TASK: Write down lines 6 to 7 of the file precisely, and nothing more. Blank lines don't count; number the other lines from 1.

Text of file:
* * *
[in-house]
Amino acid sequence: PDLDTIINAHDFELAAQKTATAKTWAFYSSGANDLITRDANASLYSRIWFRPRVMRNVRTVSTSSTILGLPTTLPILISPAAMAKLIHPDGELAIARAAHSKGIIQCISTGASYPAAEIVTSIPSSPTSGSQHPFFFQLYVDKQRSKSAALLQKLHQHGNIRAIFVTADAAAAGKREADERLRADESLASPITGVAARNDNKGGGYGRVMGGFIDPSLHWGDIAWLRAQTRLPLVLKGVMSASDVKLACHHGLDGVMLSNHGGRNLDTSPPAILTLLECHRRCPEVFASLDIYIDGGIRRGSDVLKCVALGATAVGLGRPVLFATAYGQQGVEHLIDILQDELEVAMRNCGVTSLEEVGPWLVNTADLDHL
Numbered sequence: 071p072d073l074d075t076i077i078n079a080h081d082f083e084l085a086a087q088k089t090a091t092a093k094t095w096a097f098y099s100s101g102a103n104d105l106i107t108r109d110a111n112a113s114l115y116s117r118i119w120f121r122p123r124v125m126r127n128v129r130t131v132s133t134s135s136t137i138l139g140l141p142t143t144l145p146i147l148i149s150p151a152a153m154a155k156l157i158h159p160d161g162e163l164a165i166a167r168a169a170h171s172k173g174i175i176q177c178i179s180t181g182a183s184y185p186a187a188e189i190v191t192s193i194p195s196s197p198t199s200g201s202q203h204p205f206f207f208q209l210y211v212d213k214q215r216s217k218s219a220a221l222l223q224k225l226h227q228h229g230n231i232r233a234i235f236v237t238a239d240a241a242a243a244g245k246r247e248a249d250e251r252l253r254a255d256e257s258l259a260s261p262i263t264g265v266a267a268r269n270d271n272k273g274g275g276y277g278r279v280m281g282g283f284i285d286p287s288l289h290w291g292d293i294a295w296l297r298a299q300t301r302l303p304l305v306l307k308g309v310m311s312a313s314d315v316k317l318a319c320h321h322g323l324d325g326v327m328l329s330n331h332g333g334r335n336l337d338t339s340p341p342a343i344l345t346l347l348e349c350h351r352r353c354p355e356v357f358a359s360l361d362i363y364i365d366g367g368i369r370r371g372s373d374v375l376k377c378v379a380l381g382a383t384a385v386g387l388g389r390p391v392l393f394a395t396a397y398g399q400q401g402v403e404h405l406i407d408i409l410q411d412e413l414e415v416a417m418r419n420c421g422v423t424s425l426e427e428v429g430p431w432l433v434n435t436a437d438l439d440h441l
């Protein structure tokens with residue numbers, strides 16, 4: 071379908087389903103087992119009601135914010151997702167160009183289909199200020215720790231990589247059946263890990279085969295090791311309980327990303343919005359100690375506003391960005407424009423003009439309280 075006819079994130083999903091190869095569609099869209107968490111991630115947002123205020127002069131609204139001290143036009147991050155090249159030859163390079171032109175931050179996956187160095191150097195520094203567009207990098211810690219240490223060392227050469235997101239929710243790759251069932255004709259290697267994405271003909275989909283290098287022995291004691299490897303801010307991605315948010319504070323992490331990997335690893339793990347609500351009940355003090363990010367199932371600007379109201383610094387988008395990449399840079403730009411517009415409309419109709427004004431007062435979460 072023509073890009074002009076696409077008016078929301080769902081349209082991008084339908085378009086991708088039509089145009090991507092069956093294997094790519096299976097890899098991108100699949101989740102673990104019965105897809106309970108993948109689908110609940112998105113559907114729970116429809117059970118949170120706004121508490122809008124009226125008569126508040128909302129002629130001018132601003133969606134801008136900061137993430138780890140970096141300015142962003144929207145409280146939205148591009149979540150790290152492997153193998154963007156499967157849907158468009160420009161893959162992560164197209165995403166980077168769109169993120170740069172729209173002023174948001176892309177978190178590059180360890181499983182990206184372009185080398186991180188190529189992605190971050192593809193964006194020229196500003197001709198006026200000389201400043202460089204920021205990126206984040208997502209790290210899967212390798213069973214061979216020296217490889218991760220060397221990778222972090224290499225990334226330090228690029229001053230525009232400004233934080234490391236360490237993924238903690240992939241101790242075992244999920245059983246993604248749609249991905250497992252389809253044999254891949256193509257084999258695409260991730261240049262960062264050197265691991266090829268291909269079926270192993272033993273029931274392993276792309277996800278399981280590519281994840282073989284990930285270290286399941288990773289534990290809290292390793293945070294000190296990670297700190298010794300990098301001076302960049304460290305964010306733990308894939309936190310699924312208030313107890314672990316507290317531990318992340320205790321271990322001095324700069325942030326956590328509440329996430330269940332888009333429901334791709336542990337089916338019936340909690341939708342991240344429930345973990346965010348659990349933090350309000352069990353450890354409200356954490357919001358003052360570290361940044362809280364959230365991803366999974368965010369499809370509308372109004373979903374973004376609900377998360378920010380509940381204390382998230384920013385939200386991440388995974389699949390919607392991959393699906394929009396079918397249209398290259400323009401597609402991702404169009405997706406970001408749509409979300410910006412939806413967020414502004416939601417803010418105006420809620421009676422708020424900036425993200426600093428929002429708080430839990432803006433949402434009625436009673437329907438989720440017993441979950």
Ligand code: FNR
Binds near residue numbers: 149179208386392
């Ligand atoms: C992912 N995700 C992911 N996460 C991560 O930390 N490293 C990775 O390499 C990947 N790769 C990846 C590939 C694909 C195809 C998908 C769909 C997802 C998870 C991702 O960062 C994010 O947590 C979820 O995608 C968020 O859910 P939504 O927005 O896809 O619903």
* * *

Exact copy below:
Binds near residue numbers: 149179208386392
């Ligand atoms: C992912 N995700 C992911 N996460 C991560 O930390 N490293 C990775 O390499 C990947 N790769 C990846 C590939 C694909 C195809 C998908 C769909 C997802 C998870 C991702 O960062 C994010 O947590 C979820 O995608 C968020 O859910 P939504 O927005 O896809 O619903």